This week’s Torah Portion covers Deuteronomy 32:1-52. This is our second to last reading in Deuteronomy which means we are almost to the finish line in our goal to read the first five books of the Bible in one year.
The portions are getting shorter each week because we are also in the middle of the High Holidays on the Jewish calendar. So in addition to reading through Deuteronomy in sequence, Jews are also reading various holiday texts as part of their liturgical services for Rosh Hashanah, Yom Kippur, and Sukkot.
Rosh Hashanah and Yom Kippur have passed and now we are heading towards Sukkot, also known as the Feast of Tabernacles. Sukkot begins September 23rd and ends September 30th.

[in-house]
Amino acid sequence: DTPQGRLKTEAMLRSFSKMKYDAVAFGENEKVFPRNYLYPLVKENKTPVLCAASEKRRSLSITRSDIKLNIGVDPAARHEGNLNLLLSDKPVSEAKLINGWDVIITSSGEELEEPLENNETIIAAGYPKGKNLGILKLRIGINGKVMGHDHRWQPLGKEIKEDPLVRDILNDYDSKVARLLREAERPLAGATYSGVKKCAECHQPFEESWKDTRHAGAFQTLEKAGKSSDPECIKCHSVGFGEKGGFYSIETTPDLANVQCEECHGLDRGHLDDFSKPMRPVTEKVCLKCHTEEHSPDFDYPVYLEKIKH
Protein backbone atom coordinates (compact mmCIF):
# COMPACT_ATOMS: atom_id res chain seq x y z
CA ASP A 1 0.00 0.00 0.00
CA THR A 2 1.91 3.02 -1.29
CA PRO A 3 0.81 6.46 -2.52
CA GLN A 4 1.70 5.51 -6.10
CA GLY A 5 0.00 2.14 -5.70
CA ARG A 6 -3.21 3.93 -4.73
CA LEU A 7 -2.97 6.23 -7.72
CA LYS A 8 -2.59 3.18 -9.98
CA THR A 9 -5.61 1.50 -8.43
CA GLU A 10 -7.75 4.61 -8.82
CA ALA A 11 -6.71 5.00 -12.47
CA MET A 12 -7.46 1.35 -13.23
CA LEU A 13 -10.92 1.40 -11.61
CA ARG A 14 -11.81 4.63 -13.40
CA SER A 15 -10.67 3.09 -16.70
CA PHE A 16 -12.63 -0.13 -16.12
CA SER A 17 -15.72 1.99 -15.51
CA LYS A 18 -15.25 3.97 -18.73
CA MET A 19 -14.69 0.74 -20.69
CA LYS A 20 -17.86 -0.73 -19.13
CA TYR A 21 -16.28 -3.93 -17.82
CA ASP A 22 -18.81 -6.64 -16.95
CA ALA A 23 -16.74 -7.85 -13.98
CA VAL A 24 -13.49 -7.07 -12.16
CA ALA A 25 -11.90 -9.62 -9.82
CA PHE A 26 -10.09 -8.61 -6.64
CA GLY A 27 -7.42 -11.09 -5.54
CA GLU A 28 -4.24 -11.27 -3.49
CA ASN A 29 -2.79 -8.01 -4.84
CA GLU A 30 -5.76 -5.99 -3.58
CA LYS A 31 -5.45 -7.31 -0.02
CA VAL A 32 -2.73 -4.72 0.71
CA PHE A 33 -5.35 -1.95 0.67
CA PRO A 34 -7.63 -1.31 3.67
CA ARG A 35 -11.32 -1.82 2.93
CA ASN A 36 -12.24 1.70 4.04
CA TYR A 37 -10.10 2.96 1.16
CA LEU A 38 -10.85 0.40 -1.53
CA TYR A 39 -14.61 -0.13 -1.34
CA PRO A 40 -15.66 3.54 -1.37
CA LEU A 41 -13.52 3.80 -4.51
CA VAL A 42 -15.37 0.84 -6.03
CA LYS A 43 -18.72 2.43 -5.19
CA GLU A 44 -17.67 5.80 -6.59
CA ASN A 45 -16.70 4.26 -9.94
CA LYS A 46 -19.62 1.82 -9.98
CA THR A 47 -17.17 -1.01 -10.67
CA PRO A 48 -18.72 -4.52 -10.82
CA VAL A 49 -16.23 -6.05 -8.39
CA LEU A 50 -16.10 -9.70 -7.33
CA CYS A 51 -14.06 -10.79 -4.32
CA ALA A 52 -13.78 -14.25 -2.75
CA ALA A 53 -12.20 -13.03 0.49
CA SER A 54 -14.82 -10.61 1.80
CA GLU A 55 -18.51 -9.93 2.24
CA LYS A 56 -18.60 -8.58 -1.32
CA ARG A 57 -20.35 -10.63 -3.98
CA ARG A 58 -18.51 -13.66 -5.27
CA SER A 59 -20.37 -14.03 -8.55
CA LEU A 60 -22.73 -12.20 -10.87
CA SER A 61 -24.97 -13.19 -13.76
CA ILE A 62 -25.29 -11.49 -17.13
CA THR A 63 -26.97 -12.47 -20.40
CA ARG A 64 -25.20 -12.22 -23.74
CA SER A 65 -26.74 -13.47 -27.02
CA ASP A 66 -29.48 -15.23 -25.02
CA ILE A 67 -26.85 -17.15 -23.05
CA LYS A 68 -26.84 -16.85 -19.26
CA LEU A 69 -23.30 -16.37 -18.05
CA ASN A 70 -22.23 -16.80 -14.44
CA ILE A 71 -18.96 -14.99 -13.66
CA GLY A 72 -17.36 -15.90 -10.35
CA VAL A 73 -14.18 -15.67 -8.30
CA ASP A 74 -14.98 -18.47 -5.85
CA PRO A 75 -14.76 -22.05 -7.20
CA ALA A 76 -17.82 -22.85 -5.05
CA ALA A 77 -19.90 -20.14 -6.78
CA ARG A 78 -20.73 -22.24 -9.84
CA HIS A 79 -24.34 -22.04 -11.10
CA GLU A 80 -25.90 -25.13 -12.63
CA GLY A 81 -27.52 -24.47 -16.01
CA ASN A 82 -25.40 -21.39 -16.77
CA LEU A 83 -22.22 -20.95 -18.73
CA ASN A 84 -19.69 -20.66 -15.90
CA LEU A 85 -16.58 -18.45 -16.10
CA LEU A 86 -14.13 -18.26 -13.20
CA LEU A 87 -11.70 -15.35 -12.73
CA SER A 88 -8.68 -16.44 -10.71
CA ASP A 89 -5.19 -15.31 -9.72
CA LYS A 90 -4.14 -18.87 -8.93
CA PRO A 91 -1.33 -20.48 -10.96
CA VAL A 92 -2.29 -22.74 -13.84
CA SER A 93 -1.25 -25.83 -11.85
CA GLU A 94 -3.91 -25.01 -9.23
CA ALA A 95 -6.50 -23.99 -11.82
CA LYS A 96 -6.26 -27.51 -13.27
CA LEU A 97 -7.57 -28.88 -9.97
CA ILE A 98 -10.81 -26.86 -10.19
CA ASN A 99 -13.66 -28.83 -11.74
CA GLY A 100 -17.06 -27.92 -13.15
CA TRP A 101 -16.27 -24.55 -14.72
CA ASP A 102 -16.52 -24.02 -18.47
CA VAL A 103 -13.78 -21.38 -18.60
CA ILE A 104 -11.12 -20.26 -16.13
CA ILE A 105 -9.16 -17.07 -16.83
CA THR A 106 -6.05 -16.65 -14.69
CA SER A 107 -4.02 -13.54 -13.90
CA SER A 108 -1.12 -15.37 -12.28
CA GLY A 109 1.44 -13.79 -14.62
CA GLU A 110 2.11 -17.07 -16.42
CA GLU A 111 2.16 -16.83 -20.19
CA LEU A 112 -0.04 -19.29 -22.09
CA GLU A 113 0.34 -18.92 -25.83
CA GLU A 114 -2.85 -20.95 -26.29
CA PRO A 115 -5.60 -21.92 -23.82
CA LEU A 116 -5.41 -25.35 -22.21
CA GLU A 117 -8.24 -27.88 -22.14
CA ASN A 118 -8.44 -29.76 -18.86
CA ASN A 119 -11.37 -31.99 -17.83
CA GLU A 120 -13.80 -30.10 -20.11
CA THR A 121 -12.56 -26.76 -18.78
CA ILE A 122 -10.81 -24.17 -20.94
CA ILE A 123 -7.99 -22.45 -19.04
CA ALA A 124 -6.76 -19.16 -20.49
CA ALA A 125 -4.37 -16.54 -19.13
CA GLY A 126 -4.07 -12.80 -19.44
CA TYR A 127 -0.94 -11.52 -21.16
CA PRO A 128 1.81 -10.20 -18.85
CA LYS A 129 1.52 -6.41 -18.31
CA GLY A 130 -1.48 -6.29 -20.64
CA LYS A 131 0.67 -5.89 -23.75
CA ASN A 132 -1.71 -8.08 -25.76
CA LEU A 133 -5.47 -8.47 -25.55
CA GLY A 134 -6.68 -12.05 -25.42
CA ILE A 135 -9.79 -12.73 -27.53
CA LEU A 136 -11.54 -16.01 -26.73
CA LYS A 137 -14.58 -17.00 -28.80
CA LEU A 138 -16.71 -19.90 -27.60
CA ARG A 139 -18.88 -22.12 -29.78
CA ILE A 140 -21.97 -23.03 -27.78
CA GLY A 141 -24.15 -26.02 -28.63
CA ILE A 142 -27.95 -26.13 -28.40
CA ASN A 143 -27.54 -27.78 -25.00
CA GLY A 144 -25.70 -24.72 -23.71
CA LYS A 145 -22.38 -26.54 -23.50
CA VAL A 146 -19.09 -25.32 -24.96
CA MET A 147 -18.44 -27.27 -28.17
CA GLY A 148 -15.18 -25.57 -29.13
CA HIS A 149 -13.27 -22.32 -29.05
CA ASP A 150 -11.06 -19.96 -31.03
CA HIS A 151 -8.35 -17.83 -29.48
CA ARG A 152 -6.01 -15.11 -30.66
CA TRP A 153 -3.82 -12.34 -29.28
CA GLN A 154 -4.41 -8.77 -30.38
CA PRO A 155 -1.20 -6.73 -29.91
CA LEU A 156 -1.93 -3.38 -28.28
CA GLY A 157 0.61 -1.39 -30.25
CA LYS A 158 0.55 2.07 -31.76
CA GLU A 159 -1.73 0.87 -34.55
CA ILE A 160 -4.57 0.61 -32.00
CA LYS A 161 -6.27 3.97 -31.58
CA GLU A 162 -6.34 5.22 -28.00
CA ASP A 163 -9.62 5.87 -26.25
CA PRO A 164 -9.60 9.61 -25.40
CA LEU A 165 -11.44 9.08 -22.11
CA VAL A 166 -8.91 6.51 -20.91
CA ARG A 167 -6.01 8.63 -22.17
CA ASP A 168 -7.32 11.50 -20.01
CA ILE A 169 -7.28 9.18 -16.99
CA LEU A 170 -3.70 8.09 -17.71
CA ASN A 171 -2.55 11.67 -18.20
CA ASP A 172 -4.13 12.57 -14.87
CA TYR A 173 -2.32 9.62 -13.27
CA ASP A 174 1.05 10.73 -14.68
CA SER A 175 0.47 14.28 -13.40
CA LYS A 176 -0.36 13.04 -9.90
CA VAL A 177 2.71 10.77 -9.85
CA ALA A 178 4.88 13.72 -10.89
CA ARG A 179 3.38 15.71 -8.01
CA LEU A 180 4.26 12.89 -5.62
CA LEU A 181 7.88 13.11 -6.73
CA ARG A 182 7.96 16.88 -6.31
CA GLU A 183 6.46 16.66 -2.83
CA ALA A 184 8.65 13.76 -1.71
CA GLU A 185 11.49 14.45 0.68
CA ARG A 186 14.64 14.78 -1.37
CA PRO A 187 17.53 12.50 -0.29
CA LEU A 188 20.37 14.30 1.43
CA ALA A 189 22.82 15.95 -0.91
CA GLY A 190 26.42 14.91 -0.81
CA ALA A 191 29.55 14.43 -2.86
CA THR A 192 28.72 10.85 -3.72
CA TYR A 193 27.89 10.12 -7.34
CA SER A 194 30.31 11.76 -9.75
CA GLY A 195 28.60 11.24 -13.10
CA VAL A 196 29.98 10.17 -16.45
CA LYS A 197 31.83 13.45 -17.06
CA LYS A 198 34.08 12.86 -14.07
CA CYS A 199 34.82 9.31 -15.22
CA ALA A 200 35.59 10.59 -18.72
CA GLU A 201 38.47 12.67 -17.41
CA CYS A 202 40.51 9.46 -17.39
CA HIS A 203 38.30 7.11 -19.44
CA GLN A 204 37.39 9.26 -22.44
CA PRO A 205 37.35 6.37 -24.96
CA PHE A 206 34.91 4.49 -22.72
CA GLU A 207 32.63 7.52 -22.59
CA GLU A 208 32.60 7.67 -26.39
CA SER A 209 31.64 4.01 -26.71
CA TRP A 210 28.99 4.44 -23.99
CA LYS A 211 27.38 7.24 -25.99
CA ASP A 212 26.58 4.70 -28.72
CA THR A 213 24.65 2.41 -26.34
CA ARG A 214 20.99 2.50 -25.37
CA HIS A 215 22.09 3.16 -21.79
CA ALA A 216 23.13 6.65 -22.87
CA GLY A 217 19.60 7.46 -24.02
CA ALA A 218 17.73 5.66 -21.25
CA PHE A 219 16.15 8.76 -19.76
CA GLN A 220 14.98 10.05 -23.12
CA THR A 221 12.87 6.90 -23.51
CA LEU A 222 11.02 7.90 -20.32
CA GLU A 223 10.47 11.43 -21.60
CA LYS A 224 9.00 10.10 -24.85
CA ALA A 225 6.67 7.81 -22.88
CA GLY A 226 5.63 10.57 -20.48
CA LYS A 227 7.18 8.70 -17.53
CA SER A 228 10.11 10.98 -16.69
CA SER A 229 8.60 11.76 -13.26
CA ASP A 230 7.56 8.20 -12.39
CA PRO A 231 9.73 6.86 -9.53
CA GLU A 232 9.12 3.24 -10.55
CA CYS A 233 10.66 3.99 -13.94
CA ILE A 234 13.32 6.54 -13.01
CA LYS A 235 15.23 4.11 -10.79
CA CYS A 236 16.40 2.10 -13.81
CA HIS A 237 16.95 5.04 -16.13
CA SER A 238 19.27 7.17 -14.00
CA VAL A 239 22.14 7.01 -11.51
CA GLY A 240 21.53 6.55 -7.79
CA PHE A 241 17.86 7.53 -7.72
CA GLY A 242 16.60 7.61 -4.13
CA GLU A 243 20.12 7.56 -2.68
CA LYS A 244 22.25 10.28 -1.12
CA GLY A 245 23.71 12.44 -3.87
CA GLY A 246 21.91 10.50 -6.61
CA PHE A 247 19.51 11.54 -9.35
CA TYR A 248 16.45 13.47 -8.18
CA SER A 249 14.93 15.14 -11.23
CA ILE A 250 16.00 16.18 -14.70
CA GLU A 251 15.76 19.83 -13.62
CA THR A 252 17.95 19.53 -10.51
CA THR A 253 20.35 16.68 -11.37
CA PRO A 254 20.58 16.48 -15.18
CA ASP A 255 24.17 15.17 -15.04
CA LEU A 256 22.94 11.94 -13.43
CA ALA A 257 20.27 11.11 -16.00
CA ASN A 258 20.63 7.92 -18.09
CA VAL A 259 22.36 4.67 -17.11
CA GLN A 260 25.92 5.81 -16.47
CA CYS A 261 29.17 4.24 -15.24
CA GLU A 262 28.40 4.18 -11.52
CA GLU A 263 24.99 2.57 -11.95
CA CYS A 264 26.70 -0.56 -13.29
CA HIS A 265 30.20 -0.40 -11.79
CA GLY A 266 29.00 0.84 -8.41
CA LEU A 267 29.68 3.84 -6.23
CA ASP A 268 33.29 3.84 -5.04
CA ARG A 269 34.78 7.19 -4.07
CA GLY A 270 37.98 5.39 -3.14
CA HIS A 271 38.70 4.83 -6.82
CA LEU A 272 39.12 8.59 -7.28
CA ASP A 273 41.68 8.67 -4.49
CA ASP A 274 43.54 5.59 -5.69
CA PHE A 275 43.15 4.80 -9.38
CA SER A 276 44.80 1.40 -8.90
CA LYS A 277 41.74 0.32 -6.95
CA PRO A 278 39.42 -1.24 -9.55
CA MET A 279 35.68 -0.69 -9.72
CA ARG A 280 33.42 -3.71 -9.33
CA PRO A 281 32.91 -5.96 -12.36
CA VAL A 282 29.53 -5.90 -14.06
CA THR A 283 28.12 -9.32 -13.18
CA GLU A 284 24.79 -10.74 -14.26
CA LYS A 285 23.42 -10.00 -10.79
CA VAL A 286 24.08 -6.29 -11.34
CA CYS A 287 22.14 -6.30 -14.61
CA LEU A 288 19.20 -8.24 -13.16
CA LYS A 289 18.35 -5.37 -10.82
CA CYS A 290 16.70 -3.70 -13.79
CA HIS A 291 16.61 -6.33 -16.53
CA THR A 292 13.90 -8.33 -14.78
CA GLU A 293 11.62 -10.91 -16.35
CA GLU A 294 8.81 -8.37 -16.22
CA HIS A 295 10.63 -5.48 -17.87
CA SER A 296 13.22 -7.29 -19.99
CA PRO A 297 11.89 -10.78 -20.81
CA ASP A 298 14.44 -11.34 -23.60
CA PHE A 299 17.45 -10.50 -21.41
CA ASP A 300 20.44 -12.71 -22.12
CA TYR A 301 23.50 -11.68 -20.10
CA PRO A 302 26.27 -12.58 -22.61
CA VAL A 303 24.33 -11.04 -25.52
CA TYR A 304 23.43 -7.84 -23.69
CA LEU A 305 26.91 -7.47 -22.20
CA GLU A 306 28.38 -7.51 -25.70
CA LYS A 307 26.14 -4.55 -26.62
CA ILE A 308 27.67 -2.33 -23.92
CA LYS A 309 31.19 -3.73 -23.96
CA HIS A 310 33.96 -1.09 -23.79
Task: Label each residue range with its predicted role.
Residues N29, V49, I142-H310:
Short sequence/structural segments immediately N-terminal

Deuteronomy 32 breaks in style and format with the rest of the covenant book. The chapter is a seventy-line poem. Tradition holds that Moses sang it to the people on his last day of life.
What Moses sings next perfectly fits the theme of our coming holiday, Sukkot. Moses warns them that after the wanderings and after the battles, they will settle in the land and they will have the comforts that land possession affords: milk, meat, wine, cheese, oil, and wheat. The poem is a cautionary tale against the dulling effects of a full stomach on the desire for a relationship with their protector God.